All languages are not created equal as each has a different creator. The context here is neither the virtue nor beauty of languages but instead their structure.  Many translators in their loyalty to the form of the source language err by applying it to the target language. I will demonstrate by showing three differences between French and English form.

It is accepted use and quite logical in terms of logic to capitalize last names, places and company names in French.  For examples, in a French legal document, there may be a reference to M. Jacques COLON, residing in NICE working for the SONY company. This use of large letters makes it easy to identify key facts. By contrast, in English, capitalization of all letters in a word is the written equivalent of screaming, only to be used to accentuate in extreme cases. DO YOU UNDERSTAND ME NOW? Therefore, applying French capitalization rules in English makes the text sound verbally violent. Mr Jacques Colon, residing in Nice, works for Sony. That is all.

Some punctuation rules are also not equivalent. The French, for reasons unclear to me, put a space between the word and the following colon, as in “les explications :” By contrast, in English the extra space is generally after the colon as in “the explanations:  fatigue…” Retention of the redundant space is generally the sign of an overzealous translator or non-English native speaker.

Finally, prepositions and articles must be restated before every noun in a series in French. Note the following sentence: Je suis protecteur de la liberté, de l’egalité et de la fraternité de chaque citoyen français.  By contrast, English tends not to repeat shared elements of parallel structure. The same sentence in translation would be: I am the protector of the liberty, equality and fraternity of each French citizen. Of and the are not repeated because they are redundant.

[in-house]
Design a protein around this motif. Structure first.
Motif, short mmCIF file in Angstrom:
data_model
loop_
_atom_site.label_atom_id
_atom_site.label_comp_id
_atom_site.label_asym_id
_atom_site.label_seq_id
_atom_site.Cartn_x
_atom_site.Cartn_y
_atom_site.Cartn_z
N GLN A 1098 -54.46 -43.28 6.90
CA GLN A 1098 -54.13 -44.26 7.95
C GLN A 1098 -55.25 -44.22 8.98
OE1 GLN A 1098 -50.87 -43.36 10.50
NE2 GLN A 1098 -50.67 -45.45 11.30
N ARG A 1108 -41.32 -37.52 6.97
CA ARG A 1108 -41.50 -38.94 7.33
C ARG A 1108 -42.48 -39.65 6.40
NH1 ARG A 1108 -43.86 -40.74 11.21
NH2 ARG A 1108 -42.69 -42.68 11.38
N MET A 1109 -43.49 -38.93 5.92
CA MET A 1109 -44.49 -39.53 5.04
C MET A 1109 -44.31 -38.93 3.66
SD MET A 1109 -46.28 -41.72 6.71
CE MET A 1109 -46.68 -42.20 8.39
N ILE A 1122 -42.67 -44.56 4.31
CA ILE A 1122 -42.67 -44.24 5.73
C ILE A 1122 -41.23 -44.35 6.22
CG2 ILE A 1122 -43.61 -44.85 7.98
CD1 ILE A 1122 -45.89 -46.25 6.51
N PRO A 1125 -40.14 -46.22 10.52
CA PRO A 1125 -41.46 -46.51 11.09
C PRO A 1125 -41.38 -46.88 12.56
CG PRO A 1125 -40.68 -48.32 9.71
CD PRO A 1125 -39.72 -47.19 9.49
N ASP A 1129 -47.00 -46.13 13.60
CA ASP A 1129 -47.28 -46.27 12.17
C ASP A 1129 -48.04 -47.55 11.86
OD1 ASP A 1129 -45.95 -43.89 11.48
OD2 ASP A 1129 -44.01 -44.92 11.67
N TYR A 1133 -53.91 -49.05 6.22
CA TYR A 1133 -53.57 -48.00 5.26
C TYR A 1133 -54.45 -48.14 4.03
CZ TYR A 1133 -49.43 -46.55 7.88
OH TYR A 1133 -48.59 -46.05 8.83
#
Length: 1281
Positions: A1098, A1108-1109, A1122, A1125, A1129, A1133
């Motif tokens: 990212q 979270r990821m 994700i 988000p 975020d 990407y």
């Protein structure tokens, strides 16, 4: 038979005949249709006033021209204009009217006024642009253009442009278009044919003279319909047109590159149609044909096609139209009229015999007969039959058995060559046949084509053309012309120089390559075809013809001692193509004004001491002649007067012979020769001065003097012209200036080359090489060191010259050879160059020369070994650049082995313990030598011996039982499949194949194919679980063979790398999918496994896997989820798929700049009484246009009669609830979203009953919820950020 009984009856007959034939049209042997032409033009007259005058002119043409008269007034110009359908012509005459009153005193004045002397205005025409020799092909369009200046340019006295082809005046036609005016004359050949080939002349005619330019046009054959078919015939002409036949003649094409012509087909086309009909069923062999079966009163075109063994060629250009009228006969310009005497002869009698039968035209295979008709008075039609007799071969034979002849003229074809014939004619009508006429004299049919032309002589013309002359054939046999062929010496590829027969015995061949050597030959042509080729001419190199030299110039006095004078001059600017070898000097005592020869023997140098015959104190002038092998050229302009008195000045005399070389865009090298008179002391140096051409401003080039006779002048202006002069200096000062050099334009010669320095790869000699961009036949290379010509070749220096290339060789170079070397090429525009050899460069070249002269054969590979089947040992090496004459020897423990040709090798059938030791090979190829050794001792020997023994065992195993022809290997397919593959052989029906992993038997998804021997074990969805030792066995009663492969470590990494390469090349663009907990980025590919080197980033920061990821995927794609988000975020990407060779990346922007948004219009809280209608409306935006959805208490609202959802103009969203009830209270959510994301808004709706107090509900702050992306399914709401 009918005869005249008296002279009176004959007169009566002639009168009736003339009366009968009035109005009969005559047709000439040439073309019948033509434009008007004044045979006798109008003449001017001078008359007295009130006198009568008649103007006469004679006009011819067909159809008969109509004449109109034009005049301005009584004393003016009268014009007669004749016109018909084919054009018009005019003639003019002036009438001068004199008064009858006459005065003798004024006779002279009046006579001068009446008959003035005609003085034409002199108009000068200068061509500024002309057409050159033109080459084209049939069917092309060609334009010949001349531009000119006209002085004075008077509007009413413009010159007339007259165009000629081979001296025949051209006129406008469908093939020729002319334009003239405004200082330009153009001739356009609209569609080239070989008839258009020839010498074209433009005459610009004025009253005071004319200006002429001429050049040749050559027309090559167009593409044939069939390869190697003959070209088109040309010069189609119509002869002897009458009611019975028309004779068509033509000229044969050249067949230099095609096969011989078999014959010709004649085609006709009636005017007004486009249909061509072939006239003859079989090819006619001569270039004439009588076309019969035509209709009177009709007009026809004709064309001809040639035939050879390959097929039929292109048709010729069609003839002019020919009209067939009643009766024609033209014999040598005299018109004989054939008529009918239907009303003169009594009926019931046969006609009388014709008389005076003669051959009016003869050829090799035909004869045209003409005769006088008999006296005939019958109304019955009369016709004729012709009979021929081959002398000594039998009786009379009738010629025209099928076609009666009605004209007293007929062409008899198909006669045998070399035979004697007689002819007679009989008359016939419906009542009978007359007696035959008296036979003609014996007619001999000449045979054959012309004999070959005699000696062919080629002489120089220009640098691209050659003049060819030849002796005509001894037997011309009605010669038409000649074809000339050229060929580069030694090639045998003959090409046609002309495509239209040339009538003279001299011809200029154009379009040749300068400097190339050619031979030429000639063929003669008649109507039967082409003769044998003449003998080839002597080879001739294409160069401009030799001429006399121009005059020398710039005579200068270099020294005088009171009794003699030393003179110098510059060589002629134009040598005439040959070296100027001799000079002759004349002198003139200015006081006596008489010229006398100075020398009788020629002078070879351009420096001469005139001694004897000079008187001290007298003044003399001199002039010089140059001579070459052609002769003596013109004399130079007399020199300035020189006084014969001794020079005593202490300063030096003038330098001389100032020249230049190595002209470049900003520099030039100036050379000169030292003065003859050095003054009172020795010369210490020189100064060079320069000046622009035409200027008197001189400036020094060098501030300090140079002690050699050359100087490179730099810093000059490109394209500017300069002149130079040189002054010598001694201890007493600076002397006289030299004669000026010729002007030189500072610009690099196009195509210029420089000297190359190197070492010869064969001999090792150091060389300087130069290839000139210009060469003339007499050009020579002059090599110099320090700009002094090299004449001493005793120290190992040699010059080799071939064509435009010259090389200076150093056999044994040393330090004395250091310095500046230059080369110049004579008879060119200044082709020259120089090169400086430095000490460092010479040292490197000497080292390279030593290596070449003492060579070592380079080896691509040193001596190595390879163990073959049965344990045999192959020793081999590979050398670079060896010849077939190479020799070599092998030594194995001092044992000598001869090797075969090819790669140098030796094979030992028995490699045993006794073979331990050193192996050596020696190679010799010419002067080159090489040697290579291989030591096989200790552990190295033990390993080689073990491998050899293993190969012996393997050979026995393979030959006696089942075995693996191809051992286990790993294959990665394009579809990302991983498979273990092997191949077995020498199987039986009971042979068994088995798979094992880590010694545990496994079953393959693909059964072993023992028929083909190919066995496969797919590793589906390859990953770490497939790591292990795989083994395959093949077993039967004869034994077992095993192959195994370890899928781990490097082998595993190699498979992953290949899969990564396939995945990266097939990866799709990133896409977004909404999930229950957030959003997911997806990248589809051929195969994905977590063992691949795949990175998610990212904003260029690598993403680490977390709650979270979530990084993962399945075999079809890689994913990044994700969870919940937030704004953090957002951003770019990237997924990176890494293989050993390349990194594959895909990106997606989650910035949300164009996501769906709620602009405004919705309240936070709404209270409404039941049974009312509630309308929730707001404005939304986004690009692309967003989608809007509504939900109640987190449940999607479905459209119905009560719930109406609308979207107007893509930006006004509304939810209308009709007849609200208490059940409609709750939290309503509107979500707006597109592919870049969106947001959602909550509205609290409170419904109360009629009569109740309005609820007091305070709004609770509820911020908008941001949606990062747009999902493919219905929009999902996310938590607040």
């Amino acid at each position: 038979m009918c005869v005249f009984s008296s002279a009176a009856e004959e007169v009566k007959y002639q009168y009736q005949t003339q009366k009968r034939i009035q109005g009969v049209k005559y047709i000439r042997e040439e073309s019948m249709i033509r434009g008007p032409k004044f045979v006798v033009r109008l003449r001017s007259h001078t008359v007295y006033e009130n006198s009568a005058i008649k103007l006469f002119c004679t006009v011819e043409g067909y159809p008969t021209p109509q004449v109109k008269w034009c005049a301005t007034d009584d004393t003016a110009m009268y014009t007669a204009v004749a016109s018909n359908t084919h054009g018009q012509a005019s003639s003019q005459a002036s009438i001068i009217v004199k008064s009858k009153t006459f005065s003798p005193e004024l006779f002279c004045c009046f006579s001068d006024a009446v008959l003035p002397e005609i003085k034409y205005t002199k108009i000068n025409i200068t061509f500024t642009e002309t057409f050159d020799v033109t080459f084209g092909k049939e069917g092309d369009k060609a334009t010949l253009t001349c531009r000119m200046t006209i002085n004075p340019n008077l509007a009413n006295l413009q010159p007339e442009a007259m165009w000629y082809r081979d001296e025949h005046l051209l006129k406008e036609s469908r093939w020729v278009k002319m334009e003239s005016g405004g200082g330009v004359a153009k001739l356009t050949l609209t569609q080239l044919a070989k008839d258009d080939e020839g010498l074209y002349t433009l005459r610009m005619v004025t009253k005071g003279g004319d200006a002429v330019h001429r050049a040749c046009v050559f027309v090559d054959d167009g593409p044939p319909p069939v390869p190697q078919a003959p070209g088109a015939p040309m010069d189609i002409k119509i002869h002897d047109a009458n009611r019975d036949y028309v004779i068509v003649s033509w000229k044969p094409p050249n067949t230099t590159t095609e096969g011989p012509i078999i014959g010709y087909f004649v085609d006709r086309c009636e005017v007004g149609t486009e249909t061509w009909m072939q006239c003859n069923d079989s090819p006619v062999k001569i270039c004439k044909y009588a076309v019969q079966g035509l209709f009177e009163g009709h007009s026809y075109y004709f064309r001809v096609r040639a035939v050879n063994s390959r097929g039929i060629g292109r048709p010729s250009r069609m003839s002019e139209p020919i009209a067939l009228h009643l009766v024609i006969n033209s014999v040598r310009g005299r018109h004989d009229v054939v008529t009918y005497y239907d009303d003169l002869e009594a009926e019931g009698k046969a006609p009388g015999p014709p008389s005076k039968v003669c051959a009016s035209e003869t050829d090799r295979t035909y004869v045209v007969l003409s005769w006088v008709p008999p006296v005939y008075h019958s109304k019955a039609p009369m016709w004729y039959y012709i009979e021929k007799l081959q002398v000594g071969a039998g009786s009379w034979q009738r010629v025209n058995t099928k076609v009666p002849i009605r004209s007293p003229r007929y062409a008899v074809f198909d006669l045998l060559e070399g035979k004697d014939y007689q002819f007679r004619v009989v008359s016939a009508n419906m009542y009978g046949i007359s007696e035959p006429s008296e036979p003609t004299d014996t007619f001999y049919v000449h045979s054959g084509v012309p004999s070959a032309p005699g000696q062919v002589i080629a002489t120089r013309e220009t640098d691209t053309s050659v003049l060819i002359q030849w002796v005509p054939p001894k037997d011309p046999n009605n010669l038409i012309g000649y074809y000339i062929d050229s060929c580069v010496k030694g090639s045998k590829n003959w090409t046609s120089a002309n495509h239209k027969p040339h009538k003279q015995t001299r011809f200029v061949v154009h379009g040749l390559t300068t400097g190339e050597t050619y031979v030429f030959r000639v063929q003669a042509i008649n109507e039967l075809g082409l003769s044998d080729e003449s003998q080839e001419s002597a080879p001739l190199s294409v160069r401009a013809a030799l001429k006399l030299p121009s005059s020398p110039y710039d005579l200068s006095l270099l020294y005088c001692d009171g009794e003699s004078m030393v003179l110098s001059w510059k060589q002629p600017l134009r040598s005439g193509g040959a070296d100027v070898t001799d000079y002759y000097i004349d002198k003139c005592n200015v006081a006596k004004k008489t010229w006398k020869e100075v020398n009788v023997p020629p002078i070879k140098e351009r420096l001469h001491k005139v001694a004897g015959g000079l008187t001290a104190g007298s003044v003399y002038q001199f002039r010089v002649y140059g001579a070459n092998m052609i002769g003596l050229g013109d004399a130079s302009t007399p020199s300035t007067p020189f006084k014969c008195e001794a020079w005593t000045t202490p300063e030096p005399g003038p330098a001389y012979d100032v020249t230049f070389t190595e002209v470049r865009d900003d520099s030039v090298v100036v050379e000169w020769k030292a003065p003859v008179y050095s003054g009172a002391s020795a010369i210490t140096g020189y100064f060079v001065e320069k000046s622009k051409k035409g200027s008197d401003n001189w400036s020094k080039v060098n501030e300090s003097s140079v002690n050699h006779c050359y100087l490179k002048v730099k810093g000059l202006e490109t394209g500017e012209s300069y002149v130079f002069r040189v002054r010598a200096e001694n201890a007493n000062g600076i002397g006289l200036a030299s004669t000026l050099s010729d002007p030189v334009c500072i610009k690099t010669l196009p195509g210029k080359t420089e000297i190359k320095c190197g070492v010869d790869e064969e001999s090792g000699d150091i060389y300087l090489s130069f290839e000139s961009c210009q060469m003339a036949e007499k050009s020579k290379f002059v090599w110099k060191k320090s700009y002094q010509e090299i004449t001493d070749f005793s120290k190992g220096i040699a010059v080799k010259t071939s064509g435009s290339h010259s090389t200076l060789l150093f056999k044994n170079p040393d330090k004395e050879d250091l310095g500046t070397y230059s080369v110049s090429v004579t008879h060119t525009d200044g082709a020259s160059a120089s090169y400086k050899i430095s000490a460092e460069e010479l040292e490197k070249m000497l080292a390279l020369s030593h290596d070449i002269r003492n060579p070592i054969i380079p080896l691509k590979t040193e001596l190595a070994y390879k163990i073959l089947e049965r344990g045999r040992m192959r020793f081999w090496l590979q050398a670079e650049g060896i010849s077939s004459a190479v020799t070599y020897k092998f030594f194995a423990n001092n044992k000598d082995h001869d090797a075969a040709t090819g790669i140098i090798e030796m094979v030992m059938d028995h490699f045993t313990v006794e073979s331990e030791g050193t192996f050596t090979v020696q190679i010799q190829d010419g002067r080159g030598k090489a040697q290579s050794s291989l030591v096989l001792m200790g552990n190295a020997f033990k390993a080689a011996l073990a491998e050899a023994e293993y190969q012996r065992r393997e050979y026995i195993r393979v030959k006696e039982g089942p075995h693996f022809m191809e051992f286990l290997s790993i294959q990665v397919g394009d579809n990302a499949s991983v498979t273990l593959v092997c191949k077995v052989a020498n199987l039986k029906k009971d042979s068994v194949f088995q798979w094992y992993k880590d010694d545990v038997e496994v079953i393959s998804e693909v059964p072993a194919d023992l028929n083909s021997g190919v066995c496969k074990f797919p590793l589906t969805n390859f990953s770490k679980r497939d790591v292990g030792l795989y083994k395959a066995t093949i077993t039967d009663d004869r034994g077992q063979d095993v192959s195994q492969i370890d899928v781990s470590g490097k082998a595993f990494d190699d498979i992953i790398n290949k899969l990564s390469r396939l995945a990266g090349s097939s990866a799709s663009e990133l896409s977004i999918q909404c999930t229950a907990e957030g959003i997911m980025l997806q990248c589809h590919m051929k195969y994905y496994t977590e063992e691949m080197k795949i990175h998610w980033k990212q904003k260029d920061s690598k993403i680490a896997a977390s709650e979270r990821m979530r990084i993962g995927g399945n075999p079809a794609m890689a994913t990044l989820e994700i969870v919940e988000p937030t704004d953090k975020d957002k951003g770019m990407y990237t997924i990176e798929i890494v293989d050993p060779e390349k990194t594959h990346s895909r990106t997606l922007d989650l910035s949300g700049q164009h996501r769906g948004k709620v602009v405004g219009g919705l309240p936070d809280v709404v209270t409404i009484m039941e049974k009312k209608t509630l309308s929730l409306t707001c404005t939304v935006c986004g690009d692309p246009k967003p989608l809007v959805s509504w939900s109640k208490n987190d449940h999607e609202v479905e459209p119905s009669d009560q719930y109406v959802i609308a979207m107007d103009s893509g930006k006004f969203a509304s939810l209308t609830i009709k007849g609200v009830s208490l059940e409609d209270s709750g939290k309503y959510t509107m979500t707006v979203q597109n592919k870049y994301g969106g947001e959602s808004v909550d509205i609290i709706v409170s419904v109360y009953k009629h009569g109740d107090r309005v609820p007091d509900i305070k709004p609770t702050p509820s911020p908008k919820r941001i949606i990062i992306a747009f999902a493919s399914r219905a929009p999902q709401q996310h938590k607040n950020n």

It may seems proper and even flattering to copy the exact formatting of the source language but it is neither correct nor professional to do so in all cases. As the French say, vive la difference!

Wednesday, August 2, 2017

Confrontational politics

As children, we are taught to tell the truth. As adults, we learn not to. Specifically, as we grow up, it becomes more and more evident that the price of being frank is often frankly high: losing friends, getting people angry and even social isolation.  In other words, most people either do not want to hear or are not ready for criticism and bad news.
Culture plays a major part in establishing acceptable behavior. Many societies highly value social cohesion, including Japan, main stream America and Britain and Arab countries. By contrast, “hotter” countries accept temporary unpleasantness, leading people to develop thick skin. The best examples are the Mediterranean and Latin American countries. There, people are allowed to yell and scream without serious social consequences. You get used to “rude” people or leave for more civil (civilized to some) places. Of course, the adjectives used by such locals are hot and genuine as compared to the cold and fake of more gentile countries. As the French say, chacun à son gout (to each his own). The challenge occurs when cultures meet.

I was at a conference when a woman from an Eastern European country gave a 25 minute presentation while sitting down behind a desk and reading into her paper. I don’t understand how the largely non-native speaker crowd understood anything as I found it difficult to catch any words. Not only that, it reminded me of the Yves Montand song, le telegramme (http://www.jukebox.fr/yves-montand/clip,le-telegramme,qvqu0p.html), in which an operator completes ruins the most romantic telegram by rendering it monotone. The method ruined the message. After some 10 minutes of suffering, I got up and left the room.